The witnesses from gem & jewellery sector in India included prominent industry bodies like SEEPZ Gems & Jewelry Manufacturers Association (SGJMA) of Mumbai and Sitapura Gem & Jewellery Association from Jaipur. GJEPC led the charge in presenting direct testimony to and answering the questions from the Section 301 Committee comprising officials from the USTR, US Departments of Commerce, Labour, Agriculture, Treasury, State Department, etc. They heard comments from a total of four panels, the first consisting of representatives from trade bodies like FICCI and CII; the second being international trade law experts from India; the third comprised of gem and jewellery industry representatives; and the fourth panel represented the seafood industry.
GJEPC as the apex body of the gem and jewellery industry in India, has been proactively engaging with all the stakeholders and conveying the implications of this move. A detailed representation was made to the Government of India on 29th March, 2021. GJEPC got in touch with its trade members through webinars and meetings; and based on the inputs received, GJEPC prepared a comprehensive guide, and provided it to all members. GJEPC also supported members in submitting petitions. In all around 140 trade members submitted petitions by 30th April. GJEPC in coordination with associations and trade members, submitted seven hearing requests by 21st April followed by the submission of the preliminary document on 3rd May. In response to the submission, USTR permitted a panel of members from the gem and jewellery sector to present their comments.
The third panel included GJEPC Chairman Colin Shah, Rajiv Jain of Sitapura Gems & Jewelry Industry Association, Suvankar Sen of Senco Gold Limited and Convener of GJEPC’s SEZ Sub-committee, Arvind Gupta of Gallant Jewelry, Rajeev Pandya of SGJMA, and Neville Tata of Renaissance Global Ltd.
Colin Shah, Chairman, GJEPC impressed upon the USTR, “The perception of injustice would lead to real-life consequences such as loss of jobs and livelihoods and a shift of business to countries such as China and Mexico. American jewellery companies also bank on Indian companies to fund their business by giving long credit and memo facilities, which would have major repercussions. Indian companies have established an estimated 500 offices around the USA that provide thousands of high-paying white collar jobs to locals; the imposition of duty could affect all these jobs as the Indo-US jewellery business would become unviable.”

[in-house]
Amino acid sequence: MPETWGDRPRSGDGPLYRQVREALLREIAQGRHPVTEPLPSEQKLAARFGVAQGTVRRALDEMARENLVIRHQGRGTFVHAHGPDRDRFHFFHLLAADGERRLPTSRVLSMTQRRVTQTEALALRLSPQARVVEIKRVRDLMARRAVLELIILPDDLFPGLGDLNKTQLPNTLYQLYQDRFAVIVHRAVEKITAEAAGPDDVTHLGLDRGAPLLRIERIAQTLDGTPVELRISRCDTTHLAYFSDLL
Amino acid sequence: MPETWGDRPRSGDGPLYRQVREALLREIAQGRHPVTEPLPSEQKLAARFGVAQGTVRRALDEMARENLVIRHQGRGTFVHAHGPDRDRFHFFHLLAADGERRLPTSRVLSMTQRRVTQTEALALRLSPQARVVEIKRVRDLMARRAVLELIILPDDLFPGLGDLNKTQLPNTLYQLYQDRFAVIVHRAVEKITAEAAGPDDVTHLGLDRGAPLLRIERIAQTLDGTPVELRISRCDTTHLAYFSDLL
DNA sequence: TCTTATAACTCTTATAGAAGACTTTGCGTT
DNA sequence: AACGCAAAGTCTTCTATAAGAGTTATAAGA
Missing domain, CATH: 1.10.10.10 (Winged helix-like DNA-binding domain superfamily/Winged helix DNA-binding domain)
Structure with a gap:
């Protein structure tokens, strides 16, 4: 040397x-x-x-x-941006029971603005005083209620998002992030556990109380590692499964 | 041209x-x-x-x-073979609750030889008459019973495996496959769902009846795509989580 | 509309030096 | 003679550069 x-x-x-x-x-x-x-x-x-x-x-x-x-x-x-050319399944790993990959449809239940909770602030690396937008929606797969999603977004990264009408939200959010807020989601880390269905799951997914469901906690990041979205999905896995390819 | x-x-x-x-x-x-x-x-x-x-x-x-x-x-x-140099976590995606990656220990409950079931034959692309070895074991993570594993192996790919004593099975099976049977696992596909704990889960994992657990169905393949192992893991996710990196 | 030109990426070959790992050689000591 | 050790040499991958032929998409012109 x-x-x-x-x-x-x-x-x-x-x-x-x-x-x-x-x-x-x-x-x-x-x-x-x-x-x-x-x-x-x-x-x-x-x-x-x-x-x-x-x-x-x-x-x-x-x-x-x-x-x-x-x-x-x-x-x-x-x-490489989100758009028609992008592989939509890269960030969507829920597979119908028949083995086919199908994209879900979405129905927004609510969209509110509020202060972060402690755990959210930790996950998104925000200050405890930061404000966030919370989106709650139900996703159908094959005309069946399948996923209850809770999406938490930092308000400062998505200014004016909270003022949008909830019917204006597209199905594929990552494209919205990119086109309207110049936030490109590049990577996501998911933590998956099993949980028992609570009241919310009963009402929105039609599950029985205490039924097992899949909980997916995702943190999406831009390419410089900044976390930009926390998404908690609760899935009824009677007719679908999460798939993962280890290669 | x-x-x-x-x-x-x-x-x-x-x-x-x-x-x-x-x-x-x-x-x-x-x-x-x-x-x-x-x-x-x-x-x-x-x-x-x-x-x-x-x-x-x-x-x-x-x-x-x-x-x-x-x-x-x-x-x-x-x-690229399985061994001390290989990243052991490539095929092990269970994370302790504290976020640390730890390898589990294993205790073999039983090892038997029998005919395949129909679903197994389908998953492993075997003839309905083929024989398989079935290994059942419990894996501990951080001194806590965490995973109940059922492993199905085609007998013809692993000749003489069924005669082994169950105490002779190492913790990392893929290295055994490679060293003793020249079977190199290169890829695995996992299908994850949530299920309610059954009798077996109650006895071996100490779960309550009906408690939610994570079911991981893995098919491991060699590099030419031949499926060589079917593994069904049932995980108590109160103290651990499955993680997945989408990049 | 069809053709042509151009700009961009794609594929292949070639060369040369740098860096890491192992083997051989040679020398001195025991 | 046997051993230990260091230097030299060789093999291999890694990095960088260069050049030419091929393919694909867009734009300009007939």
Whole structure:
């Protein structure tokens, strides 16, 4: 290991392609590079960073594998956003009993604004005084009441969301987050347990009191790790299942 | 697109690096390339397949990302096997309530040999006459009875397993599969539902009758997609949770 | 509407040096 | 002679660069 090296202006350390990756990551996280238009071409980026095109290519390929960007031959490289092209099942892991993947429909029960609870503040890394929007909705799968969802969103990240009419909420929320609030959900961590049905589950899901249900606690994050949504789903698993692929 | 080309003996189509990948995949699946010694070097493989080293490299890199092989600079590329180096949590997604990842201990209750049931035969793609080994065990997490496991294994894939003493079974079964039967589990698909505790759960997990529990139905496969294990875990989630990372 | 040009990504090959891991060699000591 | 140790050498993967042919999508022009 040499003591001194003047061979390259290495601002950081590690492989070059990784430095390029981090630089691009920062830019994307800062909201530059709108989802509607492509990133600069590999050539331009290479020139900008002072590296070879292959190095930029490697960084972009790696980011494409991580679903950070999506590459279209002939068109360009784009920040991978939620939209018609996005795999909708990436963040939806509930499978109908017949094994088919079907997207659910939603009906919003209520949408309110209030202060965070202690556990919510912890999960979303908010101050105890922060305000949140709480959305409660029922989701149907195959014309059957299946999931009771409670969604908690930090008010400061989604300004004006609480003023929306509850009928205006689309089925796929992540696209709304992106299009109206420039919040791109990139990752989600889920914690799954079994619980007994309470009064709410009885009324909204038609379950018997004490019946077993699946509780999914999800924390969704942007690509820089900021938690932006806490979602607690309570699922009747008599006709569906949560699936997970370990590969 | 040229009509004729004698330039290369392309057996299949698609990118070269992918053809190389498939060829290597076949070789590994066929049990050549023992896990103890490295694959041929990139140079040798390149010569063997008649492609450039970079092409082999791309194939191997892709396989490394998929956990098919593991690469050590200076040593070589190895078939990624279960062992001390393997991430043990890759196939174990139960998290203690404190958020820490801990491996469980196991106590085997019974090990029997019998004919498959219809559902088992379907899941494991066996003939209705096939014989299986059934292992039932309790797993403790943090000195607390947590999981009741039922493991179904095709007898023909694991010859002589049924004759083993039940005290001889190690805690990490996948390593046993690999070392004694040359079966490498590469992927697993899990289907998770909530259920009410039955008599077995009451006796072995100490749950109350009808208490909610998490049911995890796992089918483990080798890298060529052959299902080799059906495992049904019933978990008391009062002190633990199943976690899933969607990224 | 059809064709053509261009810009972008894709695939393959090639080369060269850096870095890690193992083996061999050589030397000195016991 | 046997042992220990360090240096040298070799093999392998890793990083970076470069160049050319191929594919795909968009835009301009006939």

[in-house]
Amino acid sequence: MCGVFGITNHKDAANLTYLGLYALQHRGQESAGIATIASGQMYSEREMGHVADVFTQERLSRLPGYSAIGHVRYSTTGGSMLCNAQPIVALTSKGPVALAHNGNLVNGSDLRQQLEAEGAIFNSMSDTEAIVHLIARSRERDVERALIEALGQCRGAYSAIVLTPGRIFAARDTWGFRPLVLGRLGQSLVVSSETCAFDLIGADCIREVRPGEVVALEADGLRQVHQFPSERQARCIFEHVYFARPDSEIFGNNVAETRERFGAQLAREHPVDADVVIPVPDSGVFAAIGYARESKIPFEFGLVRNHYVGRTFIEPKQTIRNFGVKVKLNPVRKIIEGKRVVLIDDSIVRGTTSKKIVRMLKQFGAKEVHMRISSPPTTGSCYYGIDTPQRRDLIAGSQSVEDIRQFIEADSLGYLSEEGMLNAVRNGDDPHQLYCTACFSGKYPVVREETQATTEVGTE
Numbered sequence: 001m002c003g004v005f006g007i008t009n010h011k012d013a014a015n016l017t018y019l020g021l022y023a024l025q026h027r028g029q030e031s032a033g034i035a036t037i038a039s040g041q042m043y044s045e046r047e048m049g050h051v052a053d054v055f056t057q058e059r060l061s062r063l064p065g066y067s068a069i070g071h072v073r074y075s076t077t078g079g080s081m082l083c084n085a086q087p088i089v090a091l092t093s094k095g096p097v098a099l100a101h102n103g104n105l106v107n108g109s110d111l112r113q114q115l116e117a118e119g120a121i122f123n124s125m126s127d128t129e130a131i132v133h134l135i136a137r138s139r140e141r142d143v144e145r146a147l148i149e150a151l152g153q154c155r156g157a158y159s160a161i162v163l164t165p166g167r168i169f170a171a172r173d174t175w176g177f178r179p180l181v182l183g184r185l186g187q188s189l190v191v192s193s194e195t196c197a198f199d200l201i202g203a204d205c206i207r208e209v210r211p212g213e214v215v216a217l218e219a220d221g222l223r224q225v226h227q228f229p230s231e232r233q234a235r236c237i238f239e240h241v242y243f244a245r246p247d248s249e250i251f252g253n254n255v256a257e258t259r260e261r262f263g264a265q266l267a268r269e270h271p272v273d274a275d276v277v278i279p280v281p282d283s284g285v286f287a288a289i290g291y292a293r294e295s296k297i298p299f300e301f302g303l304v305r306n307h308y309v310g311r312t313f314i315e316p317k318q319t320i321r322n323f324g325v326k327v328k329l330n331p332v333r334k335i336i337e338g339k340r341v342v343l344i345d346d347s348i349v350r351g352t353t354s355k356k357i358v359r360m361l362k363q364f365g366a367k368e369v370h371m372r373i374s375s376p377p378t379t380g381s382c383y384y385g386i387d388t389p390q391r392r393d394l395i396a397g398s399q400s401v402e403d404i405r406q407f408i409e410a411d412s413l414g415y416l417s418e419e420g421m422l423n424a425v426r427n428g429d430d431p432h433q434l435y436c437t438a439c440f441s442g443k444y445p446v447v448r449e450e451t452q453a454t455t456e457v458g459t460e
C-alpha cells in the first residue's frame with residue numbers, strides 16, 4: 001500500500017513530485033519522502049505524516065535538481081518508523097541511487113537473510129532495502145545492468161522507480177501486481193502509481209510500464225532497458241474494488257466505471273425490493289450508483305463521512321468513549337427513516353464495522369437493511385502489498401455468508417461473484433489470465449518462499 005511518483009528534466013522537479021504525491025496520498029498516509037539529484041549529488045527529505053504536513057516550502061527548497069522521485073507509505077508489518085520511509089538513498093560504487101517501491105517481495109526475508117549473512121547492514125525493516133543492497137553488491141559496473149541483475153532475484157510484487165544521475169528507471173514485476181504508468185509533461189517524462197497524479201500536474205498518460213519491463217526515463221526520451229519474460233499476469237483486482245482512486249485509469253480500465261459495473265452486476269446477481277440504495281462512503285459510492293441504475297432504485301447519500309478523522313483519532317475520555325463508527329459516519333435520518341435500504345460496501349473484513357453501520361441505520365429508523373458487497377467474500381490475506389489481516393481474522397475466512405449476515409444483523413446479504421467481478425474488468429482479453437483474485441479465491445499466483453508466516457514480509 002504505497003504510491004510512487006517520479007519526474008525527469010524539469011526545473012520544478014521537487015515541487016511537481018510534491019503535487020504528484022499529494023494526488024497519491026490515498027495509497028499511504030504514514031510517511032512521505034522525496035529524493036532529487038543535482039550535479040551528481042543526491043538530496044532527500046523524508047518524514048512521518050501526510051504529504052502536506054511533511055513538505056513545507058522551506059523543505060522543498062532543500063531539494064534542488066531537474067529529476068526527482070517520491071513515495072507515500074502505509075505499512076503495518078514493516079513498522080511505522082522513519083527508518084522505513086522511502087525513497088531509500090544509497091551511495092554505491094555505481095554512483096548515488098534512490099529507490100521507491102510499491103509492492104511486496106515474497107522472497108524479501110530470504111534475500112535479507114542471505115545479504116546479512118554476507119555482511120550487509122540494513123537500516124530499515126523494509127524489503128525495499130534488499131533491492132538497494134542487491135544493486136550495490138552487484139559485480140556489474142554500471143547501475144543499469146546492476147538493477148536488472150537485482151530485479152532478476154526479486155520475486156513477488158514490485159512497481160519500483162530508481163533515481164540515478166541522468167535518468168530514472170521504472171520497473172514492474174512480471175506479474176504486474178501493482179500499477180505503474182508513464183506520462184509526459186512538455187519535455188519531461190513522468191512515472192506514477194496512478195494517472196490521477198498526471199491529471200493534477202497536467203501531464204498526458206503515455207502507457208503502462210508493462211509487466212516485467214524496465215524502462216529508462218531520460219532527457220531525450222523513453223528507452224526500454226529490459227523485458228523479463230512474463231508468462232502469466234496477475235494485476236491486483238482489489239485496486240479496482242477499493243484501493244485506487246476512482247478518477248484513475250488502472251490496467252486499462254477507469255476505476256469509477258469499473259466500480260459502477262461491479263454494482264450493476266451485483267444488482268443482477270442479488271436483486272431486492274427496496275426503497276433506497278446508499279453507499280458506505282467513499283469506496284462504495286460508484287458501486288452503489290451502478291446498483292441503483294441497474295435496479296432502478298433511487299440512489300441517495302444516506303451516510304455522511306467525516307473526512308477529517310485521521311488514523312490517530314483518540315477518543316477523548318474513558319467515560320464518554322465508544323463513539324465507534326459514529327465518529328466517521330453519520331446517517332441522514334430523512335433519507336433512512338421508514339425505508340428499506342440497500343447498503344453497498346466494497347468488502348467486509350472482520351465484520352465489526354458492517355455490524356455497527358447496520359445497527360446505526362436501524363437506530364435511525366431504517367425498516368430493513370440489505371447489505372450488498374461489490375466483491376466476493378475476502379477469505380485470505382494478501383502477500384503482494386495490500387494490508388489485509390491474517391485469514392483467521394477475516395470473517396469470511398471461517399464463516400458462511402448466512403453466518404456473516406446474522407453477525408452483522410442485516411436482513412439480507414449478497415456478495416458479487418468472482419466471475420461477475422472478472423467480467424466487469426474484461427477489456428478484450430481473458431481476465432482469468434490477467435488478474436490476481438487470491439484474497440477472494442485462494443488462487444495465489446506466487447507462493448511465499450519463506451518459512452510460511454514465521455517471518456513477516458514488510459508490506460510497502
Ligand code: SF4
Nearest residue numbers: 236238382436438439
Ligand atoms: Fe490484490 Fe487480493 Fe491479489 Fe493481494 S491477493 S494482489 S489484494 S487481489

Shah added, “The timing could not have been worse for imposing this tariff on Indian jewellery exporters, who are already reeling under the impact of the pandemic.”
R.V. Anuradha, Partner, Clarus Law Associates, an expert on international trade law, commented: “Pursuing a unilateral action under Section 301 undermines and weakens the Dispute Settlement System under WTO. A multilateral solution would be a preferable option.”
Suvankar Sen of Senco Gold Limited and Convener of GJEPC’s SEZ Sub-committee commented, “The gem and jewellery industry employs over 4 million people who are from the non-agrarian sector who are not highly educated but are exceptionally skilled in jewellery making techniques. If businesses become unfeasible due to the imposition of this import duty, this will adversely impact jobs and lead to large-scale unemployment.”
Rajeev Pandya of SGJMA noted, “The withdrawal of the Generalised System of Preferences (GSP) in 2007 led to a decline in India’s market share by 28% to 22% in 2013 and for the corresponding period, China was a direct beneficiary of this action as its market share in this period increased from 18% to 25%. The new proposed duty will have similar consequences.”
Rajiv Jain of Sitapura Gems & Jewelry Industry Association warned USTR of possible supply chain disruptions, “Coloured gemstones and silver jewellery components are exported to America which is then converted into finished jewellery and reexported to other countries. All this business will be affected by imposition further duty.”
Key questions raised by the USTR included the impact of the withdrawal of GSP benefits on Indian jewellers?, If US importers shifted demand elsewhere and the varied ways that shifting the source of supply could entail compliance risks
Colin Shah, Chairman, GJEPC responded to the USTR and said, “Its known world over that 14 out of 15 diamonds are cut and polished in India. India is the diamond factory for the entire world. This was an industry which used to be in Israel, Belgium, and over the last 20 to 30 years it has moved to India. So with the GSP benefit, the manufacturers and retailers shifted their entire production from other countries to India.
“With the drop in GSP benefit a lot of products which were higher average unit price, they either went to China or Mexico. So they were the beneficiaries as that business started moving out of India. Last few years the imports into the US has been dropping progressively every year with no growth for the last 6 to 7 years. So further duty on jewellery will accelerate that drop and the beneficiaries will be China and Mexico. It has not moved domestically to the US, because it is still very expensive for jewellery to be manufactured in the US. But the beneficiaries have been China, Thailand and to an extent Mexico.”
Suvankar Sen added, “The apprehension is that if the high duty is imposed on India, then instead of jewellery that might be coming from here, retailers might look at opportunities at importing from other countries. This is just a surmise and a risk, which is always a possibility. So, an unnecessary duty may be a disincentive for retailers to source from India directly.”